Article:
DEAR EDITOR:

The population of Catoosa County has been increasing steadily over the years along with extreme business growth. But, with this growth in business, according to the 2017 census, the poverty rate in Catoosa County was almost 11%. The unemployment rate for young people ages 16-19 was 16.4% and ages 25-29 was 8.3%.

Young people need jobs. Young people with disabilities need soft skills to obtain and retain these jobs. Ninety percent of those with disabilities lose their jobs due to lack of soft skills. Those with ASD (Autism Spectrum Disorder) have the intellectual capacity to make substantial contributions to the workplace, but struggle with anxiety, depression and social skills.

Graduation rates in Catoosa County have continued to rise, but can we prepare all of our students, including those with disabilities, for a lifetime of work, careers and a lifetime of confidence and success? The answer is yes. Learning beyond the classroom is essential. Businesses that hire and support employees with autism can access qualified people with attributes they seek such as attention to detail, loyalty, and consistency.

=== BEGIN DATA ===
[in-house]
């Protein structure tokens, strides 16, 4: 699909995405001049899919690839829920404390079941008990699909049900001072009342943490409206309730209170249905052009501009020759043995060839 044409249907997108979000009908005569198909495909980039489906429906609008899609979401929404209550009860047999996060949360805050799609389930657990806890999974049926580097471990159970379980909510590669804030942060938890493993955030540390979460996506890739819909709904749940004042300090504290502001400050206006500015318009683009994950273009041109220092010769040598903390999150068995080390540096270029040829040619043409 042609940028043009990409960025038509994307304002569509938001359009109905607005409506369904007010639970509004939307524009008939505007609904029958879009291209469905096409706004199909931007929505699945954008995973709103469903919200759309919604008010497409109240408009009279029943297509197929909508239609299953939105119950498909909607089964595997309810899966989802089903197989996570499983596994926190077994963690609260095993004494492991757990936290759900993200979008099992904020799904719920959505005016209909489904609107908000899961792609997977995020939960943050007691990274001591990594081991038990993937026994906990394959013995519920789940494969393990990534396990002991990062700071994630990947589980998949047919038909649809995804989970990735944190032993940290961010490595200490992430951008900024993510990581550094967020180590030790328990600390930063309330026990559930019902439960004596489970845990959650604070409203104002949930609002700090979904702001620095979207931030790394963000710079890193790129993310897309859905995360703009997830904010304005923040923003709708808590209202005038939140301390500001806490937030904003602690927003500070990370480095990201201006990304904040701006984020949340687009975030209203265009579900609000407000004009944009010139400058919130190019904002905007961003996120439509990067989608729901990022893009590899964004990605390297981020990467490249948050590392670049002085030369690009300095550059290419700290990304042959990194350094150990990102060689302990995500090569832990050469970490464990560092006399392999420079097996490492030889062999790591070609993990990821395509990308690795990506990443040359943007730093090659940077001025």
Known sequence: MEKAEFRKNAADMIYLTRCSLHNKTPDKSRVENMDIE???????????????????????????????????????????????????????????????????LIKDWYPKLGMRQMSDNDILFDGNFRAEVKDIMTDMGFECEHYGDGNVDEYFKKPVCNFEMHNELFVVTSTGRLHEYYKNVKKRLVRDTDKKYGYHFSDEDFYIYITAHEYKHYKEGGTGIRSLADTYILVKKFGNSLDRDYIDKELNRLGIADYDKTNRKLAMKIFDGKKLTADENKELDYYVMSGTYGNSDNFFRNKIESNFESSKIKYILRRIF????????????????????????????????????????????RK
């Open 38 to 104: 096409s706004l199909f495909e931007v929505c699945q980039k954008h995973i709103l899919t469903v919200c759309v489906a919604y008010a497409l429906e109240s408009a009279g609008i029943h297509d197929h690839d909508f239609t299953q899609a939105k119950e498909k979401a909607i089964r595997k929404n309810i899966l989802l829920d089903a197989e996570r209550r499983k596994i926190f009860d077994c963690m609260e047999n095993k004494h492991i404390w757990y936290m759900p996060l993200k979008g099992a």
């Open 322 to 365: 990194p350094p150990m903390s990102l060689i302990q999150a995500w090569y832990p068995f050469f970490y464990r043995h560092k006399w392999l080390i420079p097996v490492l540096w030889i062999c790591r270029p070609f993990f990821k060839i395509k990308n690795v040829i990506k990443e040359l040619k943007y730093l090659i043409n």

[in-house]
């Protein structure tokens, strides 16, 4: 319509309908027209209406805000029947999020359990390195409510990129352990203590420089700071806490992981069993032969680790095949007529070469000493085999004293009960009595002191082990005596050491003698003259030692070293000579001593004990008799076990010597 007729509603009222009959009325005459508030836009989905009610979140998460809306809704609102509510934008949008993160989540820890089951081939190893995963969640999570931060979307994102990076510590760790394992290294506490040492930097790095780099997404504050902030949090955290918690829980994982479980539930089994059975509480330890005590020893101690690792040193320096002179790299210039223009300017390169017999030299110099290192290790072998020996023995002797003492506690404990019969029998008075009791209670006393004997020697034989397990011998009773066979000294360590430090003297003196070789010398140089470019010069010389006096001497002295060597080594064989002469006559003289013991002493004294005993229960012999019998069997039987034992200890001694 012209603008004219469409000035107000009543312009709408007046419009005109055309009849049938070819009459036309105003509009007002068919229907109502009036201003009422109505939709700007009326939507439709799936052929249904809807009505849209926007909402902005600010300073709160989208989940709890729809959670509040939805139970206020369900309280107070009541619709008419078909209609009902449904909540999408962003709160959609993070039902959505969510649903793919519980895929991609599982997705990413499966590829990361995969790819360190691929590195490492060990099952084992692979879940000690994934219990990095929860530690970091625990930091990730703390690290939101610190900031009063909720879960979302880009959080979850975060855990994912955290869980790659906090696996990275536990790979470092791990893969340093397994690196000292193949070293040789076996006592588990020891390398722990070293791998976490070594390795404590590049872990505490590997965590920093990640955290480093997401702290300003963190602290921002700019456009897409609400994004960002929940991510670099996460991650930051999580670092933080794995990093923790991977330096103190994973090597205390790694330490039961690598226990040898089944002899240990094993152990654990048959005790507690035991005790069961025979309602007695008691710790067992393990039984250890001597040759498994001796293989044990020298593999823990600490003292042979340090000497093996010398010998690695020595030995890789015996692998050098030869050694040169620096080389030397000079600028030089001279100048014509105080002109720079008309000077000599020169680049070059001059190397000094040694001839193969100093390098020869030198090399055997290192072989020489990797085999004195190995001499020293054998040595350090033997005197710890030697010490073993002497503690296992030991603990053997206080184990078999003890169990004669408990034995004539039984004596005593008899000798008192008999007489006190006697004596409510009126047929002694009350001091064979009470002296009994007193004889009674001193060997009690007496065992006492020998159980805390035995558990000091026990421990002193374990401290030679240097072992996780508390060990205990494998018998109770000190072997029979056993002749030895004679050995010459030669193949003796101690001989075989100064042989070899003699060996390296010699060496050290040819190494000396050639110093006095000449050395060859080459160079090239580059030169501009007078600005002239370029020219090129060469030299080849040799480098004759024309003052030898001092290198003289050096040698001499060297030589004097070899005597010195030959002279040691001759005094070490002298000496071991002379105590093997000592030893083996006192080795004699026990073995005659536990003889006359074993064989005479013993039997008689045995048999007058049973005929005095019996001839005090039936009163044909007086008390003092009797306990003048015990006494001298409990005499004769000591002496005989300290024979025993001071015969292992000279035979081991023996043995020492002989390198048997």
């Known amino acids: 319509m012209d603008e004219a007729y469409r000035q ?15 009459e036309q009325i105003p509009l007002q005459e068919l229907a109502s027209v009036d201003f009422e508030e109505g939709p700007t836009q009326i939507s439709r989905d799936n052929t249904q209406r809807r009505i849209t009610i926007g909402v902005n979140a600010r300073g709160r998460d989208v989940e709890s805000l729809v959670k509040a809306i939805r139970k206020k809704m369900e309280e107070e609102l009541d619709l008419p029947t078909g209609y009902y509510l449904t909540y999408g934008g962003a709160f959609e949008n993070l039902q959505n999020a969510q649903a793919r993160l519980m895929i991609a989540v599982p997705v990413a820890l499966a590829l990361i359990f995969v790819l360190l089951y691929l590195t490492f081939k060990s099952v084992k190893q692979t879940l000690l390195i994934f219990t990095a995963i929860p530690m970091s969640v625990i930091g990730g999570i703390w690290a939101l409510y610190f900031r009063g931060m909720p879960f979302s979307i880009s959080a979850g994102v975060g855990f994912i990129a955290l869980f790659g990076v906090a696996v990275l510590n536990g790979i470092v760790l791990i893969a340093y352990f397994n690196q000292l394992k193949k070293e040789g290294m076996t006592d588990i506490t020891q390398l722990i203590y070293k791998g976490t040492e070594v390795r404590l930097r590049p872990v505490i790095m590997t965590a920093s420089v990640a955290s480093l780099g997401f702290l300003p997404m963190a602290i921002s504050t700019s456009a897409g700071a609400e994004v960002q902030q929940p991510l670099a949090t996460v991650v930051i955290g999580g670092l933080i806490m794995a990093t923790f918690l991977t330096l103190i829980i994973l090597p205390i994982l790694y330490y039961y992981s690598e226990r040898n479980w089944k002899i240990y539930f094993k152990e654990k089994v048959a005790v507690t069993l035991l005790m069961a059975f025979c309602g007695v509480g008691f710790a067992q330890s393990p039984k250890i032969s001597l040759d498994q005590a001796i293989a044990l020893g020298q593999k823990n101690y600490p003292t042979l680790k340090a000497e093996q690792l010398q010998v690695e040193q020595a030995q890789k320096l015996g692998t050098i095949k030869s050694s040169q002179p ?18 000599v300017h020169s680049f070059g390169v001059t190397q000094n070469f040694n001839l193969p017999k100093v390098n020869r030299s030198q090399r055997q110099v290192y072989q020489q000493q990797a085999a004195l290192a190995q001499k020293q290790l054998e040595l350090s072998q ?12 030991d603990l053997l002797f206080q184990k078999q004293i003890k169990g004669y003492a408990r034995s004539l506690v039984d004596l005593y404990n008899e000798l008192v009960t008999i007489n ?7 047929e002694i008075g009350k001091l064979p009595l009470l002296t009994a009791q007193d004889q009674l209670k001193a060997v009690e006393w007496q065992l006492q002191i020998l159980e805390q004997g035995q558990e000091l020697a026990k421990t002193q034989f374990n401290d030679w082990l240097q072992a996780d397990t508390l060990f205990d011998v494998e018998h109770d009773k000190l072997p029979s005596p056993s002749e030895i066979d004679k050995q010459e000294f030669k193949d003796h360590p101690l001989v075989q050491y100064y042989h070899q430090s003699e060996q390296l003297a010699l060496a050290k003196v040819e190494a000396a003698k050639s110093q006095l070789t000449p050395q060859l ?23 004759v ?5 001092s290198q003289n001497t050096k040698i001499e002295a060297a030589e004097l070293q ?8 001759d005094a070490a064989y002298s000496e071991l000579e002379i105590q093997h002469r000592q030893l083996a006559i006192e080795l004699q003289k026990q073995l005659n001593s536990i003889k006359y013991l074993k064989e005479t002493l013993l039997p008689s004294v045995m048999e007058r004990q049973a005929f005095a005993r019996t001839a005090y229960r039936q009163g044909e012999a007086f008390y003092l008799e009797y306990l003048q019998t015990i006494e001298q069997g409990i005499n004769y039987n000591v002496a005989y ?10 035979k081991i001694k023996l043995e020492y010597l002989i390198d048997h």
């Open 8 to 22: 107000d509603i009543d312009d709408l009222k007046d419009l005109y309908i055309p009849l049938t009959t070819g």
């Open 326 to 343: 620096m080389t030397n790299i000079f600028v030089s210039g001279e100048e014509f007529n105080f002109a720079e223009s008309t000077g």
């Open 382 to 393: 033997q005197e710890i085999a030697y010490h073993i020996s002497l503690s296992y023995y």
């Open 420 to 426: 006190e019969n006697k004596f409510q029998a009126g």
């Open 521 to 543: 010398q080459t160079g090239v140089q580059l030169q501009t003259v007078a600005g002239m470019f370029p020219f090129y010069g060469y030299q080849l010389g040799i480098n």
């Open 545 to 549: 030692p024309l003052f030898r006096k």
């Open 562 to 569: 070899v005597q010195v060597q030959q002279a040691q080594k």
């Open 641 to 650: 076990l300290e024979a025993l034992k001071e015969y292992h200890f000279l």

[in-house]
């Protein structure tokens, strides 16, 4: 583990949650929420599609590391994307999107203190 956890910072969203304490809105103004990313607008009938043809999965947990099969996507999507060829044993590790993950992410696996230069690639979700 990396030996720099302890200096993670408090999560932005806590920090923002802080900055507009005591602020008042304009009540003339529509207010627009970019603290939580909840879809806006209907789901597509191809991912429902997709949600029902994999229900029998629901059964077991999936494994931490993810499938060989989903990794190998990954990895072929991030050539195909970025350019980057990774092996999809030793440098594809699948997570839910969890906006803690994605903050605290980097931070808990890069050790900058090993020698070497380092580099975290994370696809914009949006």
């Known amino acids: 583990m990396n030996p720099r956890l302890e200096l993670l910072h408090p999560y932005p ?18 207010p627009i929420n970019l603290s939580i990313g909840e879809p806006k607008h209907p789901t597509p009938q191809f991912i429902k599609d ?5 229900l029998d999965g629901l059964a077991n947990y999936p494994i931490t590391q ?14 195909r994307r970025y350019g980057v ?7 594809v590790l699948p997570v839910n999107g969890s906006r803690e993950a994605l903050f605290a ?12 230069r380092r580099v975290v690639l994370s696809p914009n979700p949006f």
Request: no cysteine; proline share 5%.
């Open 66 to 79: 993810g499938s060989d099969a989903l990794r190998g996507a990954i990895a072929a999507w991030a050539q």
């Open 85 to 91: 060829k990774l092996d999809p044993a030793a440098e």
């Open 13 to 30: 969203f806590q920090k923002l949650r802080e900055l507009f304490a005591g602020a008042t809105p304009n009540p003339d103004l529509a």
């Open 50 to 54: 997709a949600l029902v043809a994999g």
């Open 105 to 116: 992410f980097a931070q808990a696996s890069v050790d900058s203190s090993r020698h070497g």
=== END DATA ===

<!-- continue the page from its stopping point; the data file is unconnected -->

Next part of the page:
How can we begin to stop this unemployment trend at a local level? How can we as teachers, administrators and community members help train this ever increasing group of knowledgeable individuals? Vocational Rehabilitation services cannot effectively train all of our students with disabilities for jobs and careers. Local intervention and resources are an immediate need. We as a community need to pitch in to formalize a training program specific to soft skills in the job arena. We are supporting local business, now let’s support local talent in the workplace.

Cheryl Peters,

concerned teacher and mother, Ringgold

Cheryl Peters, concerned teacher and mother, Ringgold